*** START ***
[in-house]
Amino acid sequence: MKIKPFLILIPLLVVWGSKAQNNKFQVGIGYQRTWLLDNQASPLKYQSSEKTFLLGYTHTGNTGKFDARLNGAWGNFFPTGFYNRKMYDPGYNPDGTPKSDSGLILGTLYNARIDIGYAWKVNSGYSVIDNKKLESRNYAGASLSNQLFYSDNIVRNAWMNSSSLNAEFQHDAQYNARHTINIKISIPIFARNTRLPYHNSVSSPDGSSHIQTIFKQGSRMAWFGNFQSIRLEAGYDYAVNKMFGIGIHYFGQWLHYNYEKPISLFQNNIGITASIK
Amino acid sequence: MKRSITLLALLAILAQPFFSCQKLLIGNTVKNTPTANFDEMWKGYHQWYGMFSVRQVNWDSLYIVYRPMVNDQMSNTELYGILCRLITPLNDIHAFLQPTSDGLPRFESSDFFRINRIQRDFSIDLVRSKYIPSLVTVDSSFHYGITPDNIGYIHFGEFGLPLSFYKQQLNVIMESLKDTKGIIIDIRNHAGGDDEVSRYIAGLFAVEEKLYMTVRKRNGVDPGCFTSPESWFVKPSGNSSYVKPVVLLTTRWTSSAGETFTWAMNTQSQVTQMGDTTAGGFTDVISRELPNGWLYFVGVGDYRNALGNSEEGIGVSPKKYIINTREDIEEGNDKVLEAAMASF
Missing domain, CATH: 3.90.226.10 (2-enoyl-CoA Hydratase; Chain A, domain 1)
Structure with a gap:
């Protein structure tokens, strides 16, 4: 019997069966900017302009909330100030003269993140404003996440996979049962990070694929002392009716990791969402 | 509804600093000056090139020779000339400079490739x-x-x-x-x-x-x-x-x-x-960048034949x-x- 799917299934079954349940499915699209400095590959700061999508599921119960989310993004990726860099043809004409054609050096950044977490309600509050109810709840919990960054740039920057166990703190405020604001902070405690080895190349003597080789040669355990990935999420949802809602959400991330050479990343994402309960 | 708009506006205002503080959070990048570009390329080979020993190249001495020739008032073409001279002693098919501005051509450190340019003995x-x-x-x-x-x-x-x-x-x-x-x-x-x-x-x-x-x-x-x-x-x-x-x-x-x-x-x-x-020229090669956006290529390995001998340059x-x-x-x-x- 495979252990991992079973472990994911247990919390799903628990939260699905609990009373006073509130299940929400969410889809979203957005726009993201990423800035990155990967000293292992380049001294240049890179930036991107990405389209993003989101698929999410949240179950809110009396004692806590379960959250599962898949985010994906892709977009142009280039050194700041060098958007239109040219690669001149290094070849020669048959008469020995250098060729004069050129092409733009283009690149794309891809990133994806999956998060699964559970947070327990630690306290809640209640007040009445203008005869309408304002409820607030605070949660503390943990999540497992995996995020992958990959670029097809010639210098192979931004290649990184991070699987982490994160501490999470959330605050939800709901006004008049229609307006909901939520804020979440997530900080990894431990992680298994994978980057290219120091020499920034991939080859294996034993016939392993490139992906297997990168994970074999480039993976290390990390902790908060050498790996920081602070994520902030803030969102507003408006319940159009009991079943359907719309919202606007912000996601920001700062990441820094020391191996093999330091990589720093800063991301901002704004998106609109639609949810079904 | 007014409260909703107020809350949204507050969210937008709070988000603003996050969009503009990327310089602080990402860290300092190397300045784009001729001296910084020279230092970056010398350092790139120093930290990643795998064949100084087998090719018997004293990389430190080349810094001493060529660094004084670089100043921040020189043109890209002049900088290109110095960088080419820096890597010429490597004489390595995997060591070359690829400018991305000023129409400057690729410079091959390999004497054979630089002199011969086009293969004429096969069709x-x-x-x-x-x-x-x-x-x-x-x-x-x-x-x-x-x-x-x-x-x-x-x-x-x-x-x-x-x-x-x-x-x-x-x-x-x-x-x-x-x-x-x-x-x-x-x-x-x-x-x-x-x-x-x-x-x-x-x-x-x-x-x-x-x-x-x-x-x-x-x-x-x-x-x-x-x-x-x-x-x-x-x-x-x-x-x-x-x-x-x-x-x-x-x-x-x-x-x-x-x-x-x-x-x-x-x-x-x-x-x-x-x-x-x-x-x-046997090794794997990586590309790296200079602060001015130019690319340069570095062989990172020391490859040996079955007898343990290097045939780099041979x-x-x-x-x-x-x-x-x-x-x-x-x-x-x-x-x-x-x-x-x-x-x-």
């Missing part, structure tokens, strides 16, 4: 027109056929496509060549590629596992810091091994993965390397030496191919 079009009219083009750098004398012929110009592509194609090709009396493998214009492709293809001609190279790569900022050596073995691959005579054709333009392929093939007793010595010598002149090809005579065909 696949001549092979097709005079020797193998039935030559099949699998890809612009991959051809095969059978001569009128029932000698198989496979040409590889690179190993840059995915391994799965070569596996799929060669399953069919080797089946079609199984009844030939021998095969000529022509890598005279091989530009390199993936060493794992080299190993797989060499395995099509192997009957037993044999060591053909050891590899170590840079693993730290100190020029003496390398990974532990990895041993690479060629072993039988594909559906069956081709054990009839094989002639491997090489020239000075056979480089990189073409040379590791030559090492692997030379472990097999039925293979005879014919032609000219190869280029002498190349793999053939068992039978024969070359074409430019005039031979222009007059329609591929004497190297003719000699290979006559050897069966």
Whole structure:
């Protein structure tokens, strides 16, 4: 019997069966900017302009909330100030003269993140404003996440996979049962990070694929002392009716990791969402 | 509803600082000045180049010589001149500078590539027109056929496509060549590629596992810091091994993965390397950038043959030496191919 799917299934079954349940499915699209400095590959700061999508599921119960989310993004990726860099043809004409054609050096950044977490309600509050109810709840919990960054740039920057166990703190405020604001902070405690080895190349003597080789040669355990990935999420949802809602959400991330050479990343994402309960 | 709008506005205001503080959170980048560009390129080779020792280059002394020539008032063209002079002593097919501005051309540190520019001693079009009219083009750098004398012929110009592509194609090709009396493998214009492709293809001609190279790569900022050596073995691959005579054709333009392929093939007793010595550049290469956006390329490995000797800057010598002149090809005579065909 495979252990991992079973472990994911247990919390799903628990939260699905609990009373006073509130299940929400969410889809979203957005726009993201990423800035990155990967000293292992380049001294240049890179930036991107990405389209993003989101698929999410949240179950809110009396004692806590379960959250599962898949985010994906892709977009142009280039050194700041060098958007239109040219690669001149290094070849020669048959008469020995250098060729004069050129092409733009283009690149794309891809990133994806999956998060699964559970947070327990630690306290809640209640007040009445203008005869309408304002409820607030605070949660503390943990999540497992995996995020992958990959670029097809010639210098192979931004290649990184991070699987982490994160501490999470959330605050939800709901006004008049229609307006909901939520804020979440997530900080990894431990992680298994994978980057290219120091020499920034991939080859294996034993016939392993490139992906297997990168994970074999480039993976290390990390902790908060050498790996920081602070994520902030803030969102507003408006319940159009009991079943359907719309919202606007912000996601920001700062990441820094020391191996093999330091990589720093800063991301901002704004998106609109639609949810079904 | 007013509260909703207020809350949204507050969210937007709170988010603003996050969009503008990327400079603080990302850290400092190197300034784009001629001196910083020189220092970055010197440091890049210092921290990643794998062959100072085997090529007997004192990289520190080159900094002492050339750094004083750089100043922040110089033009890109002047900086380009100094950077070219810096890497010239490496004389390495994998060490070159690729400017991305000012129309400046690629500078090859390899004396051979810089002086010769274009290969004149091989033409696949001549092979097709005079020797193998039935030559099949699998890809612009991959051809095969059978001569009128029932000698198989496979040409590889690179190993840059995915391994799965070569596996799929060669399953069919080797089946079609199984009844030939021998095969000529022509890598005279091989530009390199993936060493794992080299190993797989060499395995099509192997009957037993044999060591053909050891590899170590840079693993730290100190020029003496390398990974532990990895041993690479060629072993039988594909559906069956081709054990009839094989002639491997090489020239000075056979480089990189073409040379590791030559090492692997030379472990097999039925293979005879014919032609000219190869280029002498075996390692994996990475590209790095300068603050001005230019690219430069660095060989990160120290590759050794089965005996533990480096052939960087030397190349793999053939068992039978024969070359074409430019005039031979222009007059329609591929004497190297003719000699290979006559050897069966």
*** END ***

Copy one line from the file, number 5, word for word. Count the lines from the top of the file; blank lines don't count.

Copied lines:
Structure with a gap: